While not our first time getting our hands on the upcoming Watch Dogs Legion from Ubisoft, we did get to dive deeper than ever before with a recent hands-on session with the game. Legion aims to take the franchise where it has never been before both in terms of location and scope of gameplay. There was a lot to love regarding our time with Watch Dogs Legion, so we'll try to keep our gushing to manageable levels when sharing our thoughts. 

Quick disclaimer: while I enjoyed the previous two games, I never seemed to have the connection to the hacking adventure that others seemed to have. Because of that, you can imagine my surprise when I didn't want to put the controller down when perusing London as an 80-year old white woman, a black man in his 30s, and a man that suspiciously looked like Mister T. I pity the fool that doesn't get him as a recruit because he was by far one of my favorites. 

Where the first game tasked players with becoming one character, Legion challenges players to become literally anyone. There were so many recruitable NPCs that I met as passersby during my open-world perusing, all with their own skills, their own voice lines, and their own (wildly different) personalities. This right here is a core design of the third game and this move takes the series in a massively different direction that inspires limitless playthroughs and outcomes. 

There are a lot of aspects of this game that reflect what's going on now in the world: divisive politics, protests in the streets, people trying to do what they think is right in the face of oppression, and oppressors that think they are genuinely right in their efforts as well. The narrative is solid, relatable, and the perfect blend of futuristic flavors with modern-day styles. Basically, this game is like if Cyberpunk 2077 got filthy drunk with Grand Theft Auto and had a love child and lemme tell ya, I'm here for it. 

The setting itself is not that far into the future post-Brexit and players will find a lot of familiarity within the landscapes. The entire game's settings is one fueled by revolution with a society on the precipice of change in a world where privacy doesn't exist and choice is an illusion. Players will transform into various members of an Anonymous-inspired hacker team build on taking out the New World Order.

Each new recruit has their own strengths, weaknesses, and personalities, which makes everyone a valuable member to the growing arsenal. For instance, some stealth missions will require players to go deep into highly classified areas. This is where having a police officer or other government personnel on deck comes in handy. Or a construction worker to go onsight. Or a bar owner to blend into the party scene. Everyone has their part to play and this gives players the freedom to play effectively to any playstyle they want.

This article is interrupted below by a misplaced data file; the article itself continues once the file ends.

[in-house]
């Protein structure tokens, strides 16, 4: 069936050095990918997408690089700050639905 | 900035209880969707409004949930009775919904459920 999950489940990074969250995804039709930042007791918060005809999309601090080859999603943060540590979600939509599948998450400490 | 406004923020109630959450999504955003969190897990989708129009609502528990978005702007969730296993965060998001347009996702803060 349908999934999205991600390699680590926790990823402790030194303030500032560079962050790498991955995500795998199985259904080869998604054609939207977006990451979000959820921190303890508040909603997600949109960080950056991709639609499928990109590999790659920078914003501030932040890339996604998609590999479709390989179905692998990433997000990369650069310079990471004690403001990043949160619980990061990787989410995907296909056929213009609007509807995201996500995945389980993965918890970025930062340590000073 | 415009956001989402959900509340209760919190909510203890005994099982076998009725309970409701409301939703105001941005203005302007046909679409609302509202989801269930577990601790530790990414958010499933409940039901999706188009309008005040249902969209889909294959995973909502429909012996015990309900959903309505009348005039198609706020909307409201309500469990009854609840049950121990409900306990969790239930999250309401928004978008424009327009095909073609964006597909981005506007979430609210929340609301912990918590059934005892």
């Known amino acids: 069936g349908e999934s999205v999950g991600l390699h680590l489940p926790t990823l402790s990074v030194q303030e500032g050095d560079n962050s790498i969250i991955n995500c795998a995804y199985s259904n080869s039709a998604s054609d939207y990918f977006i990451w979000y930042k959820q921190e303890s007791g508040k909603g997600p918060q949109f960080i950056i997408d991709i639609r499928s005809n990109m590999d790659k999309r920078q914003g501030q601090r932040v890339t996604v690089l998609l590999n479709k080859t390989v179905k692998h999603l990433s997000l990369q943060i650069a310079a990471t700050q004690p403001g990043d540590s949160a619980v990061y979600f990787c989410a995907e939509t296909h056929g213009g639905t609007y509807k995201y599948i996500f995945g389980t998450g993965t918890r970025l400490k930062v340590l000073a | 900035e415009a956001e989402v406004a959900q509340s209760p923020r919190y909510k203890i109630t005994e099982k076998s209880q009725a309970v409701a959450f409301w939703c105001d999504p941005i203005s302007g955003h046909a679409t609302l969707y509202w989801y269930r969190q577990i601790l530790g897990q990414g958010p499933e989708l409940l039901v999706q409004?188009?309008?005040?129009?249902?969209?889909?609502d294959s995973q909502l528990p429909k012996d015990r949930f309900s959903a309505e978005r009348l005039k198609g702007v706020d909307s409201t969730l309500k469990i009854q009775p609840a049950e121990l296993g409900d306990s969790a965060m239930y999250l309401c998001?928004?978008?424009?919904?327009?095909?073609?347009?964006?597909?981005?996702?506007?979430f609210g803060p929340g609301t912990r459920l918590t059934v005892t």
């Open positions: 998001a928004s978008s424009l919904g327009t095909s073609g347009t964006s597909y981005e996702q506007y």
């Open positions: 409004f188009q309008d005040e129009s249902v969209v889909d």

As in real life, each person also has their limitations. I tried making my 80-year old hacker scale a tall building and that went as well as one would expect, but it was hilarious to try and her commentary was pure gold. It is those tiny details that offers life to this world and makes every interaction a treat and one unique to the player. The number of times the developer assigned to me would hear a voice line he's never heard before was uncanny and speaks to the massive scale that Legion has, making it live up to its promise of total freedom. 

Just like the previous two games, there is a lot rooted in stealth. Some missions, being detected even once can result in automatic failure but most times you can take on a job any way you see fit. I'm not the stealthiest of players, something the dev attached to my demo couldn't help but to laugh at. I like to blow things up and cause mayhem and you know what? I did just that. Using a construction worker's ability to control air mechanics to drop a huge explosive crate onto a building was wildly satisfying and being able to take control of turrets was bliss in its purest form. 

You can also freedom fall into the water like in Assassin's Creed, equipped with the eagle sounds and all. 

Related: Watch Dogs Legion Has A Fun Assassin's Creed Easter Egg

While the recruiting system is totally new and more immersive than I ever thought, the rest of the mechanics, including combat, felt very similar to that of Watch Dogs 2. While the previous two games didn't hit me in the way that they seemed to elsewhere, Legion made me a firm believer in the cause and I can't wait until it launches on October 29th, 2020! Viva la explosions!!!!

You can learn more about Watch Dogs Legion with our previous coverage here, and don't forget to sound off with your own thoughts over on Twitter @PrimaGames!